Amendment 36 takes out the word “broadly” so that section 13 matches the changes that the committee agreed to sections 11 and 12 concerning the modification of rights and protections. If I remember correctly, Mr Dean Lockhart was successful with his amendment on the word “broadly” at stage 2.
Amendments 57 and 64 take up a Law Society of Scotland technical suggestion to use the standard definition of “enactment” in the Interpretation and Legislative Reform (Scotland) Act 2010. I am grateful to the Law Society of Scotland for its interest in this bill. It has commented on each stage and although I have not agreed with all its comments, some of them have been very useful. We are happy to welcome this suggestion.
Amendment 46 is a minor clarification of the consultation requirement in section 15. The requirement to provide reasons for considering it necessary to make provision to prevent, remedy or mitigate a deficiency applies only to a consultation on proposed regulations under section 11(1).
Amendments 55 and 59 correct minor typographical errors in the wording of the two provisions to which they refer.
I recommend that members agree to these amendments.
I move amendment 24.
As the minister said, these are largely minor technical or correcting amendments. A number of amendments in this group effectively streamline changes made at stage 2. Amendments 57 and 64, in the name of the minister, provide welcome clarity in relation to the definition of an “enactment” for the purpose of the bill. I join the minister in thanking the Law Society of Scotland for its invaluable input and interest in the bill. Given that the amendments are largely minor and technical, my Labour colleagues and I are minded to support all the amendments in the minister’s name.
I support amendments 25 and 30, which stop new public authorities from being created under section 11 or section 12. Many of us argued at stage 2 that if ministers want to establish a new quango to keep pace with EU law, they should introduce primary legislation so that Parliament can decide whether such a new body is required or whether its functions could be dealt with by existing bodies. The minister’s amendments extend that to sections 11 and 12. I am grateful to the minister for accepting that argument. Like Neil Bibby, I support the other technical amendments in this group.
I say to the Conservative chief whip, Maurice Golden, that it is usually the Liberal Democrats who cannot sort out how they are voting on an amendment, so I have utter sympathy for him at this moment.
I hope that amendment 37 in some ways helps Patrick Harvie in relation to the debate that we had on the first group of amendments. At stage 1, I spoke about the need for Governments across the UK to co-operate. Scottish ministers should consult the other three Administrations prior to taking action to keep pace with EU law under section 13 after exit day. Every political party has spoken about the need for those framework agreements and co-ordination across the UK as powers are allocated from March 2019.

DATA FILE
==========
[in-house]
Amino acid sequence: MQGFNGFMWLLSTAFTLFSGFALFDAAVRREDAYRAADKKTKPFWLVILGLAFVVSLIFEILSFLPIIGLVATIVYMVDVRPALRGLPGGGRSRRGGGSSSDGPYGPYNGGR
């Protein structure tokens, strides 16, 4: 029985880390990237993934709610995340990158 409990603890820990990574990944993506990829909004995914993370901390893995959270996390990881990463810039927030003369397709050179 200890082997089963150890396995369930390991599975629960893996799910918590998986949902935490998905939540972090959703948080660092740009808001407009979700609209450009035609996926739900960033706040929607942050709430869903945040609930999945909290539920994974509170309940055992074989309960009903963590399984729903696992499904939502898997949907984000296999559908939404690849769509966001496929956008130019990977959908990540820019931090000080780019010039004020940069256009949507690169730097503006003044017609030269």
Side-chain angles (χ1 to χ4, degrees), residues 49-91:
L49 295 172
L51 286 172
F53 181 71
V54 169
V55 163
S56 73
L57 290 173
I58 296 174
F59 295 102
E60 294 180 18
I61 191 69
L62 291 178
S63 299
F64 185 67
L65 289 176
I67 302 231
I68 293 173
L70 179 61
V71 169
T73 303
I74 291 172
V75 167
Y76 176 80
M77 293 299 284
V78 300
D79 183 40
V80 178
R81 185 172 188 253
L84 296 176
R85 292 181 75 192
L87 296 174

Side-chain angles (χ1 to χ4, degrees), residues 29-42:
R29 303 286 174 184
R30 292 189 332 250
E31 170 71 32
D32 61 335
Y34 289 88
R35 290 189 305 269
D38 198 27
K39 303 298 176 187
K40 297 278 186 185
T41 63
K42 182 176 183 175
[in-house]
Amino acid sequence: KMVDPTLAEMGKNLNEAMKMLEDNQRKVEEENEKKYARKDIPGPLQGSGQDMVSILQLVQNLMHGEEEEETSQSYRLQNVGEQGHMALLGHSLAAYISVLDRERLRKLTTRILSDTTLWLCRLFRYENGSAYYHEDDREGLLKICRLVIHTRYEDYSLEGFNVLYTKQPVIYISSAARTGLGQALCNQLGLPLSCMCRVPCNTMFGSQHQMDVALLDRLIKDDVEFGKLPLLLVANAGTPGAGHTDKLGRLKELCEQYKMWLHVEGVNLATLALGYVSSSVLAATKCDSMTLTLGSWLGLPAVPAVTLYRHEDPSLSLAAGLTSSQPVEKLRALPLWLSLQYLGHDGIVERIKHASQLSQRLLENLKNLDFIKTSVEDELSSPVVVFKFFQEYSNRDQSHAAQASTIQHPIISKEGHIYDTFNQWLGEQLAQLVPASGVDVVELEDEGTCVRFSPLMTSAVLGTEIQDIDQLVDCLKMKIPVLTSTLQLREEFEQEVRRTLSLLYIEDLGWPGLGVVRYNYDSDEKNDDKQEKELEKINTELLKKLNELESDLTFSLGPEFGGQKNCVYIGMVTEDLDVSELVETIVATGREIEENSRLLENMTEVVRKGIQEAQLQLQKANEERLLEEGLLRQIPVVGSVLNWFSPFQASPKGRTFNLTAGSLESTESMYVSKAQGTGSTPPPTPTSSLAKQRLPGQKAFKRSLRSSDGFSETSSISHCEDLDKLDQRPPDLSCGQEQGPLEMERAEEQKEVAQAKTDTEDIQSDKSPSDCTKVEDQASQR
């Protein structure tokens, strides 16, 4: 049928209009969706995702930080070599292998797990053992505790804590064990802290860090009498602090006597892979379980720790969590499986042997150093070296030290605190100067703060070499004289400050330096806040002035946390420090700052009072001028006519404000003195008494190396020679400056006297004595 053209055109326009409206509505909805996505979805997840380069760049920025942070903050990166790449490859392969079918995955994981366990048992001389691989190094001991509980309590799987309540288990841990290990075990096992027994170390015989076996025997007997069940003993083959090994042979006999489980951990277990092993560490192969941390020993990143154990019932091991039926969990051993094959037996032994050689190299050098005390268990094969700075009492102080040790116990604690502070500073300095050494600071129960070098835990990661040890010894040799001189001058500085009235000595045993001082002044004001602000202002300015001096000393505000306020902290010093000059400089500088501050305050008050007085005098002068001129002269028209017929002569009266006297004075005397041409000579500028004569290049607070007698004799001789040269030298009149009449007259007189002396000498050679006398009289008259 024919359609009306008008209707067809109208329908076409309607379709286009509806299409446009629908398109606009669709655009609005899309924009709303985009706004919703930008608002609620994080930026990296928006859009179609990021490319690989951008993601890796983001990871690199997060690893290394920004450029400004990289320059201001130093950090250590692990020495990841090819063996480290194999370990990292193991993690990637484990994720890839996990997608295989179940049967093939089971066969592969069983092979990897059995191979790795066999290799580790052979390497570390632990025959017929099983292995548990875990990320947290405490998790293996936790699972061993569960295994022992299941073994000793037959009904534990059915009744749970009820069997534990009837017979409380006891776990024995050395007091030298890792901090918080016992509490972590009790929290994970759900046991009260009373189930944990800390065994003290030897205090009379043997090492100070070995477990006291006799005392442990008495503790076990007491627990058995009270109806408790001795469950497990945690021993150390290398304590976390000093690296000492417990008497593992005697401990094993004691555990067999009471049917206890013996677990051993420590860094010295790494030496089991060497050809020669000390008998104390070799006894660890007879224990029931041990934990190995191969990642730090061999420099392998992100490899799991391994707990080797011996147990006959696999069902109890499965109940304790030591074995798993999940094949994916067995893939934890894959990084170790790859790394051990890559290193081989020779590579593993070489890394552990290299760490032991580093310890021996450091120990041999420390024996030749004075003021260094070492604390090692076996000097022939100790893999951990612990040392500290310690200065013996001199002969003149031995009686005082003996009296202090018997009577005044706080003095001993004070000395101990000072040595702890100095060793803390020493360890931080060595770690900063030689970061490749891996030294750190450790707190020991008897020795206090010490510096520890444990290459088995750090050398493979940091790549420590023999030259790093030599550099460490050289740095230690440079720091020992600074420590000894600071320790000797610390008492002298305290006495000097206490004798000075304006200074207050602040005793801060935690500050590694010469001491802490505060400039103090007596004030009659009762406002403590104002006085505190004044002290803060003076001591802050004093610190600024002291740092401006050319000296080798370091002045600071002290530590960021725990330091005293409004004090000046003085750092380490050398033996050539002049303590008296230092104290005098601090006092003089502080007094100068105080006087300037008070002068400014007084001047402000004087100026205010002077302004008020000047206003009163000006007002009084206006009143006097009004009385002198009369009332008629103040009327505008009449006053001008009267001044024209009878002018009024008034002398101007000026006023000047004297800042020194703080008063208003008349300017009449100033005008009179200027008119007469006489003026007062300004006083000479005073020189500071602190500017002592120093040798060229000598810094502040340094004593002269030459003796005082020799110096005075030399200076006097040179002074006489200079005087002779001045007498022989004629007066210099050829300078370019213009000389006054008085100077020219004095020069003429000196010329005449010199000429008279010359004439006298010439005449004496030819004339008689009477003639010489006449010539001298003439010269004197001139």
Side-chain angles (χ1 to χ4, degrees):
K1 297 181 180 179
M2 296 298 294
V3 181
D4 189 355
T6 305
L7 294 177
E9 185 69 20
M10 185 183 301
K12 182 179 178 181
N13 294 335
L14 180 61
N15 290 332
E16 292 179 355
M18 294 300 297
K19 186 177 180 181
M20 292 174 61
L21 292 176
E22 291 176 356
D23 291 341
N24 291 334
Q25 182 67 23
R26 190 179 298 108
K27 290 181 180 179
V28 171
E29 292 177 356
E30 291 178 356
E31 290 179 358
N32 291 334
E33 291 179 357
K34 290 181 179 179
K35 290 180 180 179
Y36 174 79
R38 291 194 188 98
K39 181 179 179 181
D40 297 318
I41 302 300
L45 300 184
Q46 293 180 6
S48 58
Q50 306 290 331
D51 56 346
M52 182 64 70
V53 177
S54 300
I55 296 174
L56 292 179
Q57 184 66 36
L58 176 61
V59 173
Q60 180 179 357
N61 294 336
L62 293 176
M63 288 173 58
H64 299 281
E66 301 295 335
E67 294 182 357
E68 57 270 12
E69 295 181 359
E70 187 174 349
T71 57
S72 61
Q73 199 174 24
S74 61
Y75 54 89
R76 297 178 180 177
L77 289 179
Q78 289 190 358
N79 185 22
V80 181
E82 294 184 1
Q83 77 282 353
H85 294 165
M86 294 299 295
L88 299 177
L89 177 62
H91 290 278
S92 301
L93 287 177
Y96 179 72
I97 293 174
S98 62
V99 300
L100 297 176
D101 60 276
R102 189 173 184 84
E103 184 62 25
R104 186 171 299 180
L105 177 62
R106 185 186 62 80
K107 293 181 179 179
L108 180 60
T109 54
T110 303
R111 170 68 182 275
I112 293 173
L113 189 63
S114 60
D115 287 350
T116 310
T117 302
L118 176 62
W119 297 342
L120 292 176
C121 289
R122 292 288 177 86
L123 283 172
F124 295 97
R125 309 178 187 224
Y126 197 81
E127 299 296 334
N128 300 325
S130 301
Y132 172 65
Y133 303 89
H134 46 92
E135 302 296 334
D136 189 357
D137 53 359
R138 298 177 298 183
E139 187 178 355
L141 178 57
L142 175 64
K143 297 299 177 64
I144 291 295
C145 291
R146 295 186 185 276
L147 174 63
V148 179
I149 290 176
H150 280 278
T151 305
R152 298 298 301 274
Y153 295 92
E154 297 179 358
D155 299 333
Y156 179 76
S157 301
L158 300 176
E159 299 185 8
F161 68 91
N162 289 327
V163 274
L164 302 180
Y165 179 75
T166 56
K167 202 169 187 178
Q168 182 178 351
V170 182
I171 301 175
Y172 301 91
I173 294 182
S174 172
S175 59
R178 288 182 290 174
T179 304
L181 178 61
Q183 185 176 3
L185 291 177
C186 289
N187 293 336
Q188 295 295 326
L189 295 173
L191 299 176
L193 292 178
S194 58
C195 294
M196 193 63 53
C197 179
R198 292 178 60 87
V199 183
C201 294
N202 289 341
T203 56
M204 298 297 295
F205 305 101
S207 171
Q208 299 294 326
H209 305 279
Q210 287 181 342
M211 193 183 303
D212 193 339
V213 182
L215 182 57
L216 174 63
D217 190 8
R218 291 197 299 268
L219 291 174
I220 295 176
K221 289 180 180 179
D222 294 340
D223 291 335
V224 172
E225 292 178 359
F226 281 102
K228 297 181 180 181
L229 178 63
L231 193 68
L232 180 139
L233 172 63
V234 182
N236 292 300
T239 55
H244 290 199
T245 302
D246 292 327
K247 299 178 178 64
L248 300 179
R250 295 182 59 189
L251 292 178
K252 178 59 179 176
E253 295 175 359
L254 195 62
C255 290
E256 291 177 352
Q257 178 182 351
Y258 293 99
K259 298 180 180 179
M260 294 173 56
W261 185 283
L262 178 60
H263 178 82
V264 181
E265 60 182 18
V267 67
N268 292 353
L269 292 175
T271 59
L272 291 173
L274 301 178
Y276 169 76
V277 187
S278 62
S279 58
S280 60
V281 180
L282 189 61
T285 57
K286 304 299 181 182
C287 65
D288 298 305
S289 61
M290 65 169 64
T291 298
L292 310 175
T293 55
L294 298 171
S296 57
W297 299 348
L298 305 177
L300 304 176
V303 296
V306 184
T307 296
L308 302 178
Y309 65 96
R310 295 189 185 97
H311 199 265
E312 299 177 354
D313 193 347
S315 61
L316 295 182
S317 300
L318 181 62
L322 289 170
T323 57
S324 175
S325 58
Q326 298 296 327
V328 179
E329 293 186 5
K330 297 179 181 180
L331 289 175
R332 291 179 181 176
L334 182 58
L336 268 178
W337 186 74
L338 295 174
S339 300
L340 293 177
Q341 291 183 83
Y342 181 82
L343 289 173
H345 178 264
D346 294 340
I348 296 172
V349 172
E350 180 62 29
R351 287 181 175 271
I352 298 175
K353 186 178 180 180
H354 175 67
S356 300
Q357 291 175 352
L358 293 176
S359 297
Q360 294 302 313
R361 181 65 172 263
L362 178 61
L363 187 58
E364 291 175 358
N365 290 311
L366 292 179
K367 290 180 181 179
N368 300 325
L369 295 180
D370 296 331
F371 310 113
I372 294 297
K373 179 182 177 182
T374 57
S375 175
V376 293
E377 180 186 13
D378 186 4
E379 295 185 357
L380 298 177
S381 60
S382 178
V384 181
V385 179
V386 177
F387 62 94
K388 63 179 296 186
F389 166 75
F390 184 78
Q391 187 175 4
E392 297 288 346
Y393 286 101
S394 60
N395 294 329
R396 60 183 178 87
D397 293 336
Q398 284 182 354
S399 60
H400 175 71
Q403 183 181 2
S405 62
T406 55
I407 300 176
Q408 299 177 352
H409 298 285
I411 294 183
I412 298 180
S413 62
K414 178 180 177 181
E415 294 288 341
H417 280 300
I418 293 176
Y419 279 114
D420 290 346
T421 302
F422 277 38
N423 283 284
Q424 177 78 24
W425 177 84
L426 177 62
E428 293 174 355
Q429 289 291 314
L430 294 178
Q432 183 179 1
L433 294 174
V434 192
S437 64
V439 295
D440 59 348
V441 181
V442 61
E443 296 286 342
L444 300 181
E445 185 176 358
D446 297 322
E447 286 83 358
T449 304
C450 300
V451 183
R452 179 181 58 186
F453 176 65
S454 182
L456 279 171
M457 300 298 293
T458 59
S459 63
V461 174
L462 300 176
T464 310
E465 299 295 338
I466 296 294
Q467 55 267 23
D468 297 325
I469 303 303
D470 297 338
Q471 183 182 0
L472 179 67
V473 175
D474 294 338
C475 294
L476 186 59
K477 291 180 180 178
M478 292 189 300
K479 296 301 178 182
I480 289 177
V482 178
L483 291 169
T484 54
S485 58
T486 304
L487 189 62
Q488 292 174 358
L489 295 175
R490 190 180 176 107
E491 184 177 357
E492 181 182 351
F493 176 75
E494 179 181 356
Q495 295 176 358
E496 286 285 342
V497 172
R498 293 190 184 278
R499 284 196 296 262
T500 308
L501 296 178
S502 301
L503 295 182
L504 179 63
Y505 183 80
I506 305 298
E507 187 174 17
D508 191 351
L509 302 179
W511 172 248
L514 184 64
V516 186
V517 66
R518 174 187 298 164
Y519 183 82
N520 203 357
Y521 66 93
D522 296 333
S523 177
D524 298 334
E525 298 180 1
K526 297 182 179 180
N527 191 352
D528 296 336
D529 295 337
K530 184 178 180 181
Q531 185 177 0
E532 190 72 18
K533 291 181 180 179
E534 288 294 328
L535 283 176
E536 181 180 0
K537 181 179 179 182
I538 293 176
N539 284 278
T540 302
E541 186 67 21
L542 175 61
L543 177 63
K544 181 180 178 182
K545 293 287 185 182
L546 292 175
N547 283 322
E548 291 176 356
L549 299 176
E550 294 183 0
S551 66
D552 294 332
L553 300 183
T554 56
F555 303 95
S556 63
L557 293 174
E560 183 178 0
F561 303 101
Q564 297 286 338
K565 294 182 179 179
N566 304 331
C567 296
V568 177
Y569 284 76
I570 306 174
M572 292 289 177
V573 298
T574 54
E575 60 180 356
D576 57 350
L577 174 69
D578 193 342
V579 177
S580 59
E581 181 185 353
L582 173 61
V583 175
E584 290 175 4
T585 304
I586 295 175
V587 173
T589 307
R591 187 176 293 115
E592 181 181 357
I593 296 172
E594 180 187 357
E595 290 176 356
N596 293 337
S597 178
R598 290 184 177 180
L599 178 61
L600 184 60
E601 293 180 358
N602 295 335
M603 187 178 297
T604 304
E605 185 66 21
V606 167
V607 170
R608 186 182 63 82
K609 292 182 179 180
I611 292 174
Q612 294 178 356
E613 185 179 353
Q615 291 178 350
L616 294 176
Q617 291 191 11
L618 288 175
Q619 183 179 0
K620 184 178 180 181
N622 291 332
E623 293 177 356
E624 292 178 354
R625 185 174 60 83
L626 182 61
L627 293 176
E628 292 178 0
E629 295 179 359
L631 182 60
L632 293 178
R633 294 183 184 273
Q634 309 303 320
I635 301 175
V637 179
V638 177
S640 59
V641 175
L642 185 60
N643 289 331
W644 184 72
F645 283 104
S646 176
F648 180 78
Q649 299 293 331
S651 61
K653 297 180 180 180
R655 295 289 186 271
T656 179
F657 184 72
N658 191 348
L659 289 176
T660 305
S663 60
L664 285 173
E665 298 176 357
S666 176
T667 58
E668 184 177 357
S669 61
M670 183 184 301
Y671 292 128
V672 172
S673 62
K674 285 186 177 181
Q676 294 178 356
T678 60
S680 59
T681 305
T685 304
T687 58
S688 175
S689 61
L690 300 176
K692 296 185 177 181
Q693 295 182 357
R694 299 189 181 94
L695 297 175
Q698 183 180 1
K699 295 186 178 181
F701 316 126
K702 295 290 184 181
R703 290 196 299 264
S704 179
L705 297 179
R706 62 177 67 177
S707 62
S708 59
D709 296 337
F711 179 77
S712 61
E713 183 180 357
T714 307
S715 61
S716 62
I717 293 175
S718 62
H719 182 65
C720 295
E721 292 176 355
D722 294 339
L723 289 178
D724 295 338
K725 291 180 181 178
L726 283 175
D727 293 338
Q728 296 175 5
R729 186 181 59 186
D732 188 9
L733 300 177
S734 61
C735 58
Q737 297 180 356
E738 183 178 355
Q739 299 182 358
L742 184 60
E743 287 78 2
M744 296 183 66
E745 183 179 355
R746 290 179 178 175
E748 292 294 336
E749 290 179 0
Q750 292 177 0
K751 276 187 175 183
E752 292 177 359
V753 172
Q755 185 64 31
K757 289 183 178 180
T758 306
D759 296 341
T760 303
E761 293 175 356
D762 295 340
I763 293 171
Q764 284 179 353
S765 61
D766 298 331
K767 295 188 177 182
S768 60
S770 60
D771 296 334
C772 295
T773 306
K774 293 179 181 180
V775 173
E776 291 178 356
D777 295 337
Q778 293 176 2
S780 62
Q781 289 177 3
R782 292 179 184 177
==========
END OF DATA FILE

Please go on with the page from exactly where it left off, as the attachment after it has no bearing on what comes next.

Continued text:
Amendment 37 says that, in the event that every one of the other three Administrations specifically asks the Scottish Government not to make a particular regulation to keep up with UK law, that regulation cannot proceed. However, if ministers wished to make such a regulation, given that background, the proposal would have to be made through primary legislation. The Parliament would therefore be able to look at the proposal in detail and we could consider why the other Administrations were opposed to it. The Parliament would be able to hear from businesses, business interests, environmental groups and other stakeholders. We would be able to protect the working of the UK internal market that other members have mentioned from action by a single Administration.
Amendment 37 represents what I would describe as a federal idea of co-operation, and it is in direct contrast to the Conservative approach, which puts control of these issues entirely in the hands of UK ministers.
Amendment 61 makes the commencement of section 13, which was the section of most concern to members prior to stage 2, subject to the affirmative procedure, requiring a vote in Parliament. It must be preceded by a report from ministers setting out clearly their justification for using the powers in section 13.